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Dr Aled Jones, who used to work for the Prince Charles Hospital in Merthyr Tydfil, drove the first two ambulances from their location to London, where they were handed over to a British-Ukrainian Aid representative to be taken to Ukraine.
But this time round, the doctor, who now works at a vaccine centre in Cardiff, took the NHS vehicle past the border himself, where it was delivered to a rep to be taken to the frontline.
WalesOnline reports that the ambulance was packed full of vital medical supplies, as well as spare parts to repair the first damaged vehicle, which was struck by a missile in the southern city of Mykolaiv.
The spare parts were donated by Euro Commercials, a Swansea-based Mercedes-Benz car dealer.
Dr Jones said he wanted to help out after seeing the ‘Ambulances For Ukraine’ GoFundMe page, launched by Prince Charles Hospital A&E worker Dr Mateo Szmidt last month.
The page explains that while there have been numerous donations to aid the people of Ukraine, ‘there is a lack of ambulances to help aid the wounded’.
The idea was to raise enough money to buy one of the many ‘roadworthy ambulances that go up for sale’ and to donate it to the medical teams in the country as they continue to fight against the Russian invasion.
Not only did they achieve this goal, but the donations continued to grow - over £27,000 at the time of writing - and they’ve been able to buy six ambulances so far, with the fourth currently in Poland.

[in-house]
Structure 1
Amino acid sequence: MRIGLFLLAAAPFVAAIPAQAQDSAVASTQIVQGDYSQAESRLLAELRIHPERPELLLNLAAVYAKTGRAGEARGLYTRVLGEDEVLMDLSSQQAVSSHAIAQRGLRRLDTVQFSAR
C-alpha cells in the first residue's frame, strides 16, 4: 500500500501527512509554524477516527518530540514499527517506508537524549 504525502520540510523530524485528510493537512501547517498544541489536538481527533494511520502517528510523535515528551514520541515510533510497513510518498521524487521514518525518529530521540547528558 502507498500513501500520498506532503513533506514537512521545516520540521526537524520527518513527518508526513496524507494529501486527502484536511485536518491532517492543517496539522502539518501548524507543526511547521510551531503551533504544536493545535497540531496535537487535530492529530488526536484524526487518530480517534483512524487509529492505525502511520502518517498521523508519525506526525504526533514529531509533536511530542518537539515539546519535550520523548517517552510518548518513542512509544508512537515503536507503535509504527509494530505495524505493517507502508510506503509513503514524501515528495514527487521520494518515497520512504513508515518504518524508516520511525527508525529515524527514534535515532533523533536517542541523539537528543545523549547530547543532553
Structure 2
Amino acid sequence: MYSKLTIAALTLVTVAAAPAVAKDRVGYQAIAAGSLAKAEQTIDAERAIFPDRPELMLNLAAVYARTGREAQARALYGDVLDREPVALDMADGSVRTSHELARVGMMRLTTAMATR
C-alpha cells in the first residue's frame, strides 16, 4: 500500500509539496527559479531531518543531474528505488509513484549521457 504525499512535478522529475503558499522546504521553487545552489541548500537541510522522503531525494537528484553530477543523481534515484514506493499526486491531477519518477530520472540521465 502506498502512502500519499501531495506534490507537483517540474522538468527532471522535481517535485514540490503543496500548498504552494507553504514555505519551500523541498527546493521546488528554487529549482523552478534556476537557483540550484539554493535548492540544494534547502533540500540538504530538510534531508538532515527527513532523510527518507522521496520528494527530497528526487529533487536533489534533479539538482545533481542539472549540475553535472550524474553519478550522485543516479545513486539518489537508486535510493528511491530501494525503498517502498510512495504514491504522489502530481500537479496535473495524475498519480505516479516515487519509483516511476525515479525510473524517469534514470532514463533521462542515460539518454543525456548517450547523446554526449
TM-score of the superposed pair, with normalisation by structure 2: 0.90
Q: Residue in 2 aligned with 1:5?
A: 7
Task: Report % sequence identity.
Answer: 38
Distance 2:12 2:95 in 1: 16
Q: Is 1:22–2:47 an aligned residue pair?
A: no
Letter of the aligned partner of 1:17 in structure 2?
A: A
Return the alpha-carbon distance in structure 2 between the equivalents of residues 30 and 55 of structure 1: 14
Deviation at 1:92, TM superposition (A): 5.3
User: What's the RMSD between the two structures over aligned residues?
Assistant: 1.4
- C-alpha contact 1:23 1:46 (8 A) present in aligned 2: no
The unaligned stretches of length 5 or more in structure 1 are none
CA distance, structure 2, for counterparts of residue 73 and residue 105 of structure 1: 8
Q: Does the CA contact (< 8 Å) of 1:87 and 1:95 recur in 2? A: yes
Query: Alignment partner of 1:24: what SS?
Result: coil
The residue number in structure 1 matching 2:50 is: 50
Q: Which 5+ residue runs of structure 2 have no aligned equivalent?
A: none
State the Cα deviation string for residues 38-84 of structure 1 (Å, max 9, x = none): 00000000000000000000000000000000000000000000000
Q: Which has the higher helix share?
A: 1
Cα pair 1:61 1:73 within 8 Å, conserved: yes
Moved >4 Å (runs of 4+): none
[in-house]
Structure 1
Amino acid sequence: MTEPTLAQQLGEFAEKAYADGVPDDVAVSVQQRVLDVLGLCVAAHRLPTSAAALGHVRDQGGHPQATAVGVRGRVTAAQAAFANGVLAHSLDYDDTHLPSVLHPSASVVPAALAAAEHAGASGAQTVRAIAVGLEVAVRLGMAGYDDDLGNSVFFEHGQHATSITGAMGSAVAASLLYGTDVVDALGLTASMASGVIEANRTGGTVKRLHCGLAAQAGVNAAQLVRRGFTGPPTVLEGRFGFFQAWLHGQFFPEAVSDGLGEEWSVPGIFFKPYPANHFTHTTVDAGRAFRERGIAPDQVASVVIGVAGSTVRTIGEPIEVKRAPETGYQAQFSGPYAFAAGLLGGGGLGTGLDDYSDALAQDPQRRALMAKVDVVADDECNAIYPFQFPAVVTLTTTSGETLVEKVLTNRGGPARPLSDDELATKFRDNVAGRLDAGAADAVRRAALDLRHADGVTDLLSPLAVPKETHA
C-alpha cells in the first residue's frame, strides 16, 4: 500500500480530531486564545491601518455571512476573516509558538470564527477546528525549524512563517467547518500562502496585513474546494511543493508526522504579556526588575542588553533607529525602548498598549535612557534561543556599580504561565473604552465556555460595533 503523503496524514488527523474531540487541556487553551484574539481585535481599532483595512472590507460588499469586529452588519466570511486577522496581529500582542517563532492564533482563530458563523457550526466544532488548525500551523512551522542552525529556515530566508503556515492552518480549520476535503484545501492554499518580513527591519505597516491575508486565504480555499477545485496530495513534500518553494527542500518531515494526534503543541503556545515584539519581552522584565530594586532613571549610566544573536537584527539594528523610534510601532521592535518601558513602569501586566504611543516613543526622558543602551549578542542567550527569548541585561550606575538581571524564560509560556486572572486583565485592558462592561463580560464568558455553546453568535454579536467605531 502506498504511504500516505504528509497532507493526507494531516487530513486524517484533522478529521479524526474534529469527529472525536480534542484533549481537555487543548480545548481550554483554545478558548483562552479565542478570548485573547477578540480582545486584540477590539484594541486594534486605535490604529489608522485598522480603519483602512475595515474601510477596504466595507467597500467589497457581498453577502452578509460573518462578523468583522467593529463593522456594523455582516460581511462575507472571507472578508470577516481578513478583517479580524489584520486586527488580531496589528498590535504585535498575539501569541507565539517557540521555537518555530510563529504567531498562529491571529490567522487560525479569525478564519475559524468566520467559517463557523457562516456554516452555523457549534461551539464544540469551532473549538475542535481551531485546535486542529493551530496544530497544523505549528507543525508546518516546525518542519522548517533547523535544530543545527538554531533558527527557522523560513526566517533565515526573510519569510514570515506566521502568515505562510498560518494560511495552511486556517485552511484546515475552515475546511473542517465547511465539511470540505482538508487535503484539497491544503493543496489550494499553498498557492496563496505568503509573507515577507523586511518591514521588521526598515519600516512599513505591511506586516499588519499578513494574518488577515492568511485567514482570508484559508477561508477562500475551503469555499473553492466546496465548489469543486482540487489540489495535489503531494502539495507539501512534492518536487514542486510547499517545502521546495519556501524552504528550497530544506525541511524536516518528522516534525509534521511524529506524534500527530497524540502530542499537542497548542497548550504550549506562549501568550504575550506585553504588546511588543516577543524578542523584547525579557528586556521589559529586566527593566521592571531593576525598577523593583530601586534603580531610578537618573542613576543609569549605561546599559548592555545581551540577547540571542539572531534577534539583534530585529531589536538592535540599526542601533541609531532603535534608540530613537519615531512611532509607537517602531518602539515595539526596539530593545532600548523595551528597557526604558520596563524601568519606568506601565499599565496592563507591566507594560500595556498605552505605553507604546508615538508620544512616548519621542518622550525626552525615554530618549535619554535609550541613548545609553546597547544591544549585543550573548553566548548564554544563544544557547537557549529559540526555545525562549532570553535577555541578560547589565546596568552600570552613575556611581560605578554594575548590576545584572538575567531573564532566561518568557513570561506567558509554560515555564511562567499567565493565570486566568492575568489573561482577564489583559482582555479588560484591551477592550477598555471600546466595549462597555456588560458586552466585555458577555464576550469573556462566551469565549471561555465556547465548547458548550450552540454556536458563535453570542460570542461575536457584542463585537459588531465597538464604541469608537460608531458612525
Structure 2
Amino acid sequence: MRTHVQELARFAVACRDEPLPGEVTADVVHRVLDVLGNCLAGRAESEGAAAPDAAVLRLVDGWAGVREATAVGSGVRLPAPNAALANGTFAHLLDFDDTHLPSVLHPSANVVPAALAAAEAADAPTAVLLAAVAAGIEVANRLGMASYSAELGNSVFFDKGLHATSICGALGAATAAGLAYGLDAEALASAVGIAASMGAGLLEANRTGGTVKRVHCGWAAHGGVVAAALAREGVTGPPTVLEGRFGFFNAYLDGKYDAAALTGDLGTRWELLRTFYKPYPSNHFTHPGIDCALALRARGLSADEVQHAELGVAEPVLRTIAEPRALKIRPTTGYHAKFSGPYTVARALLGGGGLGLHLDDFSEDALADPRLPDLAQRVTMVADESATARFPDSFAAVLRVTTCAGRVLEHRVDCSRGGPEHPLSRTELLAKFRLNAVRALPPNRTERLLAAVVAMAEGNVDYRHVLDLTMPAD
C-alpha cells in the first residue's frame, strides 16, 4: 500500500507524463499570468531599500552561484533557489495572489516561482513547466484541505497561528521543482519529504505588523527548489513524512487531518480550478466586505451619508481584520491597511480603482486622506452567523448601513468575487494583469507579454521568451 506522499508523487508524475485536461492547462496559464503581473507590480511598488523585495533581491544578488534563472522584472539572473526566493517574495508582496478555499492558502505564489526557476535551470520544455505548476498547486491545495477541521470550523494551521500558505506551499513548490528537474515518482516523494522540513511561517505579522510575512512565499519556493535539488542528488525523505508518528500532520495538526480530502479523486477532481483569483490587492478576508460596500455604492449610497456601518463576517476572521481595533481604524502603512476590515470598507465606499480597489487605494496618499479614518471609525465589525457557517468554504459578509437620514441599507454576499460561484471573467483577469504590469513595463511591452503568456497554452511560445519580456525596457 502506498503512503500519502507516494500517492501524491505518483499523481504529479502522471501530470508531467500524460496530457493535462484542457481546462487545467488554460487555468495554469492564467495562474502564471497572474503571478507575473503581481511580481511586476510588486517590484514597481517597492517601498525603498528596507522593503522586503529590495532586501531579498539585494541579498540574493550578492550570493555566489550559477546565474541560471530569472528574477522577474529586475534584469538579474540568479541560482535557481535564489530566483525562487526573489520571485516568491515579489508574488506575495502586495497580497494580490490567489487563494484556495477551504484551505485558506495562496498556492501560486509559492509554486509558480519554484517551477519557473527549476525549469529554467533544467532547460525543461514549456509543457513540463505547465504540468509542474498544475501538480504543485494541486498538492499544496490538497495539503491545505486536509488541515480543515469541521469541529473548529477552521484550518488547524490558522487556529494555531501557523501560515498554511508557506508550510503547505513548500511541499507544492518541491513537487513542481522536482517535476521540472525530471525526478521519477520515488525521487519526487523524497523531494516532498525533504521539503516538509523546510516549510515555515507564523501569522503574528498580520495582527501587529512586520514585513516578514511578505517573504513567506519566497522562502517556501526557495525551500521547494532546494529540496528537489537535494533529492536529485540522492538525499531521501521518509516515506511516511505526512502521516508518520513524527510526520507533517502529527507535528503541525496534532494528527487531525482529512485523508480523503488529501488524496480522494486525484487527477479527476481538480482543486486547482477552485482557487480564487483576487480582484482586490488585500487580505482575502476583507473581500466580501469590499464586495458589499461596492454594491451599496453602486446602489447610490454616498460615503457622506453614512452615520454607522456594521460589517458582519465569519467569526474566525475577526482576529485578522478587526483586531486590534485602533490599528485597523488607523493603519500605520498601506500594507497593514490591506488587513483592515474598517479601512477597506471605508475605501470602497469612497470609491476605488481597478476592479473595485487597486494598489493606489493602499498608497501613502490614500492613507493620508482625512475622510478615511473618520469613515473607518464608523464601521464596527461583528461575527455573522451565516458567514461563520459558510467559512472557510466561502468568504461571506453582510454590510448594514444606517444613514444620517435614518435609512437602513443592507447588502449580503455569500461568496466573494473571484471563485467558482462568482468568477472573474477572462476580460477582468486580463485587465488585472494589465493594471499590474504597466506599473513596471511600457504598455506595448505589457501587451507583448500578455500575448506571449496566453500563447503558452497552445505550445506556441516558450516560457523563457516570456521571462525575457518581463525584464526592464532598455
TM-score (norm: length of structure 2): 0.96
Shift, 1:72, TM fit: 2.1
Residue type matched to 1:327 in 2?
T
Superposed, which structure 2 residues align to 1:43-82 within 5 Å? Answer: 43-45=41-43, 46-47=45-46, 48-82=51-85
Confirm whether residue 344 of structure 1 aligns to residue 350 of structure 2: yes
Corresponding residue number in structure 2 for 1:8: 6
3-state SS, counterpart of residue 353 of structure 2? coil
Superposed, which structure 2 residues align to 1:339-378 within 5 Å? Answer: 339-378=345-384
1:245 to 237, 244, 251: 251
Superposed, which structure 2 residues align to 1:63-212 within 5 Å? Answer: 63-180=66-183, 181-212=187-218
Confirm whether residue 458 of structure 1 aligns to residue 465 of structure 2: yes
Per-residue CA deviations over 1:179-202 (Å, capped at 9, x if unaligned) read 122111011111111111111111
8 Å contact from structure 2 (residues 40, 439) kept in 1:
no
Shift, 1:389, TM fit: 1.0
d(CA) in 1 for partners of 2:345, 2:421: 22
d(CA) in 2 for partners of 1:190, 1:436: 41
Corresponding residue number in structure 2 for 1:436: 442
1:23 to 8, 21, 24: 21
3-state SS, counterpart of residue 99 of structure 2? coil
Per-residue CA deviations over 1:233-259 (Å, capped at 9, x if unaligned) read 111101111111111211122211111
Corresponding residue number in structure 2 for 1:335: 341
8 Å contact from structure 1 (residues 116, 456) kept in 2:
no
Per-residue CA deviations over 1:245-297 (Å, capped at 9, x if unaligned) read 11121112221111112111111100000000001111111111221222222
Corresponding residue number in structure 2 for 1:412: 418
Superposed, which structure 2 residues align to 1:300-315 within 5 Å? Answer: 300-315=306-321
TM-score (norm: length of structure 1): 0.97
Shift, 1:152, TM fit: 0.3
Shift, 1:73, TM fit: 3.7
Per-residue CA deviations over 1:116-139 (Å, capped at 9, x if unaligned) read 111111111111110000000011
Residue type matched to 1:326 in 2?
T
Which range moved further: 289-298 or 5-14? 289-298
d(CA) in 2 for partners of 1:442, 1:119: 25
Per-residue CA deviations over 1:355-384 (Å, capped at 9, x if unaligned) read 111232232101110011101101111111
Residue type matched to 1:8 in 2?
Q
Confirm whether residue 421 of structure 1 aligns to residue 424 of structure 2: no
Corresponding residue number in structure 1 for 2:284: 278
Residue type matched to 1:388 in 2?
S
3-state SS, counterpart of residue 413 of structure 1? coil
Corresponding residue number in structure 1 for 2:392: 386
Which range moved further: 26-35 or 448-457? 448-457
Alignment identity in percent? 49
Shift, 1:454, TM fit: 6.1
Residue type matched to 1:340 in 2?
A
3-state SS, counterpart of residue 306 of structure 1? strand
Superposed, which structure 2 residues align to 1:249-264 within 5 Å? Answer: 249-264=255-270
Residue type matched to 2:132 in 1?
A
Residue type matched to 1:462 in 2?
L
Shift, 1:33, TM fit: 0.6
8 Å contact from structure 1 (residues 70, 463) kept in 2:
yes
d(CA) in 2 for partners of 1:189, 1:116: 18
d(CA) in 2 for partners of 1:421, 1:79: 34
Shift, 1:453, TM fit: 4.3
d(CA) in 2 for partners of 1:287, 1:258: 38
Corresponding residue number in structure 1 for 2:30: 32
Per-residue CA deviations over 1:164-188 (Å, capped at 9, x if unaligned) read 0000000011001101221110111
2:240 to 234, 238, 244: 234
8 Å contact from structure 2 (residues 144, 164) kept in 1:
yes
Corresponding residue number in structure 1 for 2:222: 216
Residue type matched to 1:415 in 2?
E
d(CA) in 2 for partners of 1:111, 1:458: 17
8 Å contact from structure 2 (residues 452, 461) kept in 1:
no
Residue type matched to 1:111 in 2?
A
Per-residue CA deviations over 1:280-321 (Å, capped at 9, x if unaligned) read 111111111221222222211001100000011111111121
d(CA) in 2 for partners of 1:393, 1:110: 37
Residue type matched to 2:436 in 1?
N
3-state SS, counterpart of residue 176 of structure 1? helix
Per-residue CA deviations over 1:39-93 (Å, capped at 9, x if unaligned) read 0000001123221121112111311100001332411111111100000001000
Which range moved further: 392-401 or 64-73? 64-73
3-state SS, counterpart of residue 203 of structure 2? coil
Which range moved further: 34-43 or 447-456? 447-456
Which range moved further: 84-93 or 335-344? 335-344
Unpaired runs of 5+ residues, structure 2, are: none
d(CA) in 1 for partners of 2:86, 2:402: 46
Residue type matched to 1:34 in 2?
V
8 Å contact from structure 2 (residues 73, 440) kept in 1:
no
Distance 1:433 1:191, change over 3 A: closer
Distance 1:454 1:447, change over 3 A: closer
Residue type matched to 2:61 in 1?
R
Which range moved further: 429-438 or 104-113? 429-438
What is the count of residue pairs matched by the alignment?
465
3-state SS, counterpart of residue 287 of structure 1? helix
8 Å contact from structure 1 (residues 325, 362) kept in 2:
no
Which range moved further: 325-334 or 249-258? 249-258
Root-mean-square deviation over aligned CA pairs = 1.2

Speaking to the publication, Dr Jones said that he stayed in Drohobych in western Ukraine until yesterday (12 April) and is now planning his journey back home.
Getting through the border was no mean feat, and he had to ‘stop at every checkpoint’ and ‘show documents to the guards’.
When he arrived, he stayed with the charity rep’s mum, describing how there were air sirens at night although they were ‘very far’ from where the fighting was taking place.
He said: "My main fear going [to Drohobych] was that I didn't want to take up a refugee's space to sleep.
"They were incredibly welcoming. They were giving me great hospitality and food and things – and I felt guilty accepting hospitality from them.
"I visited a military hostel nearby to get an idea of what else they particularly need. I had a good conversation with the staff, who said the kind of things they do need. I also met an American surgeon coming over with a second cargo jet full of medical donations."
Speaking about the experience, he continued: "Even though we know what was going on, being there gave me a sense of what is happening in the country as a whole.
“[In Drohobych], they're not in danger from the fighting, but still so incredibly committed to helping out.
“People are going about their daily lives, but doing everything they can. The whole country feels mobilised, in a way."
If you’d like to support ‘Ambulances For Ukraine’, you can donate on their GoFundMe page here.
They’ve also setup an Instagram page where Dr Jones keeps followers updated on his journeys.
If you would like to donate to the Red Cross Emergency Appeal, which will help provide food, medicines and basic medical supplies, shelter and water to those in Ukraine, click here for more information
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